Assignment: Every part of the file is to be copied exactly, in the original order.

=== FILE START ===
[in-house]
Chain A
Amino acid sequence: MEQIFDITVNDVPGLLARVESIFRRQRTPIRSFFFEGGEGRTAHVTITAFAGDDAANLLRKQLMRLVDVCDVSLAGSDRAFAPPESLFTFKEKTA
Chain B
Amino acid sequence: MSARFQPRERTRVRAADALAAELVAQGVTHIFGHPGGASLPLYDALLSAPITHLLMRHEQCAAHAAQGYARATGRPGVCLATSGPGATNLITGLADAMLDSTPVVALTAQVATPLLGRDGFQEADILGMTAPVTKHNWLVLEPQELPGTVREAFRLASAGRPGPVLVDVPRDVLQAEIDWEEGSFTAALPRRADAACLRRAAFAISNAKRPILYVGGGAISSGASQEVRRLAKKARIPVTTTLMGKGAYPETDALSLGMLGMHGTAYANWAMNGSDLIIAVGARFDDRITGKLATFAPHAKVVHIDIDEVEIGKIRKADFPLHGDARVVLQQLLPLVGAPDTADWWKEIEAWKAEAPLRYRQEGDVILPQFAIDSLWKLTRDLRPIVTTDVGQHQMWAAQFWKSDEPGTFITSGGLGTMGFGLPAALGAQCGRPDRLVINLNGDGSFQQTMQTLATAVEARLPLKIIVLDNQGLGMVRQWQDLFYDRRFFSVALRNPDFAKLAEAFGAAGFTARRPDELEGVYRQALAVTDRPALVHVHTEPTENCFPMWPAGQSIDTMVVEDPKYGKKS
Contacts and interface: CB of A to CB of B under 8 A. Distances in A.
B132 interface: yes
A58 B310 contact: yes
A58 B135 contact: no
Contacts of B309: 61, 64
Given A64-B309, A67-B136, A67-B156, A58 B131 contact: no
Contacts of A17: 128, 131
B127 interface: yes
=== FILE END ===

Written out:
[in-house]
Chain A
Amino acid sequence: MEQIFDITVNDVPGLLARVESIFRRQRTPIRSFFFEGGEGRTAHVTITAFAGDDAANLLRKQLMRLVDVCDVSLAGSDRAFAPPESLFTFKEKTA
Chain B
Amino acid sequence: MSARFQPRERTRVRAADALAAELVAQGVTHIFGHPGGASLPLYDALLSAPITHLLMRHEQCAAHAAQGYARATGRPGVCLATSGPGATNLITGLADAMLDSTPVVALTAQVATPLLGRDGFQEADILGMTAPVTKHNWLVLEPQELPGTVREAFRLASAGRPGPVLVDVPRDVLQAEIDWEEGSFTAALPRRADAACLRRAAFAISNAKRPILYVGGGAISSGASQEVRRLAKKARIPVTTTLMGKGAYPETDALSLGMLGMHGTAYANWAMNGSDLIIAVGARFDDRITGKLATFAPHAKVVHIDIDEVEIGKIRKADFPLHGDARVVLQQLLPLVGAPDTADWWKEIEAWKAEAPLRYRQEGDVILPQFAIDSLWKLTRDLRPIVTTDVGQHQMWAAQFWKSDEPGTFITSGGLGTMGFGLPAALGAQCGRPDRLVINLNGDGSFQQTMQTLATAVEARLPLKIIVLDNQGLGMVRQWQDLFYDRRFFSVALRNPDFAKLAEAFGAAGFTARRPDELEGVYRQALAVTDRPALVHVHTEPTENCFPMWPAGQSIDTMVVEDPKYGKKS
Contacts and interface: CB of A to CB of B under 8 A. Distances in A.
B132 interface: yes
A58 B310 contact: yes
A58 B135 contact: no
Contacts of B309: 61, 64
Given A64-B309, A67-B136, A67-B156, A58 B131 contact: no
Contacts of A17: 128, 131
B127 interface: yes